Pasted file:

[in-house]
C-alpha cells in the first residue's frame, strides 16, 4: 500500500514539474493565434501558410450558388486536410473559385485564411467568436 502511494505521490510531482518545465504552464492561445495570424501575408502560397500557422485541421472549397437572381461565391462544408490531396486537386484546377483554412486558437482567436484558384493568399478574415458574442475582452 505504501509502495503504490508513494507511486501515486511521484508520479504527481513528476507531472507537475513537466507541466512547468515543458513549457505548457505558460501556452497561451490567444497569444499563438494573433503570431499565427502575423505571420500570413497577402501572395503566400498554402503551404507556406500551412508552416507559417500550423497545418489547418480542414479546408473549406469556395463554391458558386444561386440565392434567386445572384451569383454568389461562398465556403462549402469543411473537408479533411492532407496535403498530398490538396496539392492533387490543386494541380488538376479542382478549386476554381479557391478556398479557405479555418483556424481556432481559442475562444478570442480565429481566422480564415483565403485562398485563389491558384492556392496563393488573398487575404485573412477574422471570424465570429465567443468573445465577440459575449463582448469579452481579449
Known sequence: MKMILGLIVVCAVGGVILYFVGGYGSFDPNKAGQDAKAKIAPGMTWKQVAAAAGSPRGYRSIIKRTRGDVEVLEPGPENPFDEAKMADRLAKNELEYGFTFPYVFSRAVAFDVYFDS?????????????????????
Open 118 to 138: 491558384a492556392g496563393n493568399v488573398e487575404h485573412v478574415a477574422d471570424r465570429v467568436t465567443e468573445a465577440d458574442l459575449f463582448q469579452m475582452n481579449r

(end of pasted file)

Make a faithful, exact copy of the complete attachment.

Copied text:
[in-house]
C-alpha cells in the first residue's frame, strides 16, 4: 500500500514539474493565434501558410450558388486536410473559385485564411467568436 502511494505521490510531482518545465504552464492561445495570424501575408502560397500557422485541421472549397437572381461565391462544408490531396486537386484546377483554412486558437482567436484558384493568399478574415458574442475582452 505504501509502495503504490508513494507511486501515486511521484508520479504527481513528476507531472507537475513537466507541466512547468515543458513549457505548457505558460501556452497561451490567444497569444499563438494573433503570431499565427502575423505571420500570413497577402501572395503566400498554402503551404507556406500551412508552416507559417500550423497545418489547418480542414479546408473549406469556395463554391458558386444561386440565392434567386445572384451569383454568389461562398465556403462549402469543411473537408479533411492532407496535403498530398490538396496539392492533387490543386494541380488538376479542382478549386476554381479557391478556398479557405479555418483556424481556432481559442475562444478570442480565429481566422480564415483565403485562398485563389491558384492556392496563393488573398487575404485573412477574422471570424465570429465567443468573445465577440459575449463582448469579452481579449
Known sequence: MKMILGLIVVCAVGGVILYFVGGYGSFDPNKAGQDAKAKIAPGMTWKQVAAAAGSPRGYRSIIKRTRGDVEVLEPGPENPFDEAKMADRLAKNELEYGFTFPYVFSRAVAFDVYFDS?????????????????????
Open 118 to 138: 491558384a492556392g496563393n493568399v488573398e487575404h485573412v478574415a477574422d471570424r465570429v467568436t465567443e468573445a465577440d458574442l459575449f463582448q469579452m475582452n481579449r